A film maker is planning to shoot a short documentary about the demise of Fleetwood’s fishing industry.
And Simon Sharp wants to hear from ex-trawlermen who have plenty to say about their experiences after their livelihoods were destroyed as a result of the Cod Wars.
The conflict with Iceland in the 1970s finally resulted in British deep sea fishermen being excluded from the Icelandic fishing grounds they had fished for generations.
In Fleetwood, the fall-out was catastrophic, mainly for the fishermen but also for other dockside industries which relied on the fleet for work.
Within a few short years, the big distance water trawlers which had packed Fleetwood docks for years were gone, with thousands of fishermen having to look for alternative work.
Some went to work in the North Sea on standby boats for the oil industry, or towing vessels.
Others transferred to the small inshore boats.
Yet even this industry was eventually to be hit by a different menace - tough EU quotas under the Common Fisheries Policy which affected earning power and shrank this fleet down to a mere handful.
And other deep sea fishermen left the sea altogether and took work with land-based employers such the old ICI site in Thornton.
Years later a Government compensation scheme was set up to help those whose livelihoods were damaged, but even this scheme proved hit and miss.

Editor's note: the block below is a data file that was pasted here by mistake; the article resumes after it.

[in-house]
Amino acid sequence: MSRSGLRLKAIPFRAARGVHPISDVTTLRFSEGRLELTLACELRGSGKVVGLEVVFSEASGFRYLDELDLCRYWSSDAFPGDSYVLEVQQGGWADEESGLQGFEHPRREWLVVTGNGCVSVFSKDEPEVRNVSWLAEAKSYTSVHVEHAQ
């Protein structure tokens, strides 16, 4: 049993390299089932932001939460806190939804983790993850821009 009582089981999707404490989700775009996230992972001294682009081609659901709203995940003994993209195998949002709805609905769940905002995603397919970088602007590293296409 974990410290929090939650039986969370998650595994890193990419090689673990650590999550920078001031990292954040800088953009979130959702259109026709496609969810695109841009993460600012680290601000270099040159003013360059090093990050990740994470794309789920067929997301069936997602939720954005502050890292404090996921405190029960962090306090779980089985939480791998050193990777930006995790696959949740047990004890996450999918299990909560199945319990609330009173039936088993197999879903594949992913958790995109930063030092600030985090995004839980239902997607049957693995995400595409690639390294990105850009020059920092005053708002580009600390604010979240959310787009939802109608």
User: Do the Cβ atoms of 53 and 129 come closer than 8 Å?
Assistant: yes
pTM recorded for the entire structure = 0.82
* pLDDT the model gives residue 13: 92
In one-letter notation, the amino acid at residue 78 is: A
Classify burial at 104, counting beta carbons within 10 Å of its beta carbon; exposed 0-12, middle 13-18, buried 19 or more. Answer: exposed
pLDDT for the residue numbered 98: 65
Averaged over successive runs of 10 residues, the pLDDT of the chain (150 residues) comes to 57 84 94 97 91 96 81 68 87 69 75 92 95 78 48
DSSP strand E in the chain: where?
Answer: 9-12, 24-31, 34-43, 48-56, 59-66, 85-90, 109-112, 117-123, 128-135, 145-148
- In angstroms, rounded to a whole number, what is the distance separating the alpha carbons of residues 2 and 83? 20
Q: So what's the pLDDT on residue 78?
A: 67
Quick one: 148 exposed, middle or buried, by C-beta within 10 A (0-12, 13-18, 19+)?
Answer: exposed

Simon, 42, who lives near Chorley and has made a number of online documentary films, is hoping to distil several hours of footage down to a 20 minute film, which will be available online.
He said: “I prefer my subjects to do the talking and I am looking for people who are passionate about what happened to the Fleetwood fishing industry and want to relay their experiences.
“I am not looking to create a dry history lesson - I don’t want to tell people what happened, I want to show them, through the words of the men themselves.
“These people are priceless - in a few years they will be gone and those amazing experiences will be lost forever.
“I want to capture just a little of that experience for posterity. Not enough is known about these stories, outside the fishing ports themselves.”
One ex-fisherman, Leon O’Flaherty, has been contacted by Simon.
Leon, 69, of Leven Avenue, Fleetwood, spent some 30 years at sea, including eight years on the inshore boats, and said: “Deep sea fishing was a tough, dangerous job, three weeks at sea, three days off, then back to sea.
“What made it enjoyable was the camaraderie you got with the crews, who would mostly be Fleetwood lads you’d known for years. That’s something we all missed when the industry died - no other job was like it.”
Simon can be contacted on 01772 600585.